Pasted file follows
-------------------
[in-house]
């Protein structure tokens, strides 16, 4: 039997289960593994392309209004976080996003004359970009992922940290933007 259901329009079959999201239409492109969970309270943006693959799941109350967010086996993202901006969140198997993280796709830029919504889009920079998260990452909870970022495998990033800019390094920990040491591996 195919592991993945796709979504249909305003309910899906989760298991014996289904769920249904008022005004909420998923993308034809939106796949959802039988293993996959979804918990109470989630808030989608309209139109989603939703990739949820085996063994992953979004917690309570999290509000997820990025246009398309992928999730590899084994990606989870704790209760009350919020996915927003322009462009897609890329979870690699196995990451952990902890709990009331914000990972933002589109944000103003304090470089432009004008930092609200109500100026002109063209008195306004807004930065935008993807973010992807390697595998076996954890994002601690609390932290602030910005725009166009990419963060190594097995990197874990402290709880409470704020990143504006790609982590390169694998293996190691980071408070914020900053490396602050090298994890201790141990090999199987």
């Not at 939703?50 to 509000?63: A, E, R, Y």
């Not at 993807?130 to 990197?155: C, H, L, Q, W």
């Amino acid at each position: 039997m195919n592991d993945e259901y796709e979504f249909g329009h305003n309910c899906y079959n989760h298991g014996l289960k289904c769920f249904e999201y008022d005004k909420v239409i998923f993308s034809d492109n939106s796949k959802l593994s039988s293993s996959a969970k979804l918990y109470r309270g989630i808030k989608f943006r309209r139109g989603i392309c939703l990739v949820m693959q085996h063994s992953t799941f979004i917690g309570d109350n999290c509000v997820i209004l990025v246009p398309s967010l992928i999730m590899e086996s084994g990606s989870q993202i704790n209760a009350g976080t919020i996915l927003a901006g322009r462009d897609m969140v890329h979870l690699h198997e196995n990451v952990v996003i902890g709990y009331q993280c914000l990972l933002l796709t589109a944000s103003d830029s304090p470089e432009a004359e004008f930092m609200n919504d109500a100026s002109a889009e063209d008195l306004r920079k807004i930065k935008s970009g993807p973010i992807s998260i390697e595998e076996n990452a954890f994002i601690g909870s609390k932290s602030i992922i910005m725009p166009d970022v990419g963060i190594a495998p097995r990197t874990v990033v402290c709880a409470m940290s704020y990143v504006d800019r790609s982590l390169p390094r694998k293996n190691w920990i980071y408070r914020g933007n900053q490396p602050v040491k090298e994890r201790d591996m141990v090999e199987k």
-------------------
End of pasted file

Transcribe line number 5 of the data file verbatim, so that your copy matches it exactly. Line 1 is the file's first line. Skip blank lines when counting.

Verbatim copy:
């Amino acid at each position: 039997m195919n592991d993945e259901y796709e979504f249909g329009h305003n309910c899906y079959n989760h298991g014996l289960k289904c769920f249904e999201y008022d005004k909420v239409i998923f993308s034809d492109n939106s796949k959802l593994s039988s293993s996959a969970k979804l918990y109470r309270g989630i808030k989608f943006r309209r139109g989603i392309c939703l990739v949820m693959q085996h063994s992953t799941f979004i917690g309570d109350n999290c509000v997820i209004l990025v246009p398309s967010l992928i999730m590899e086996s084994g990606s989870q993202i704790n209760a009350g976080t919020i996915l927003a901006g322009r462009d897609m969140v890329h979870l690699h198997e196995n990451v952990v996003i902890g709990y009331q993280c914000l990972l933002l796709t589109a944000s103003d830029s304090p470089e432009a004359e004008f930092m609200n919504d109500a100026s002109a889009e063209d008195l306004r920079k807004i930065k935008s970009g993807p973010i992807s998260i390697e595998e076996n990452a954890f994002i601690g909870s609390k932290s602030i992922i910005m725009p166009d970022v990419g963060i190594a495998p097995r990197t874990v990033v402290c709880a409470m940290s704020y990143v504006d800019r790609s982590l390169p390094r694998k293996n190691w920990i980071y408070r914020g933007n900053q490396p602050v040491k090298e994890r201790d591996m141990v090999e199987k």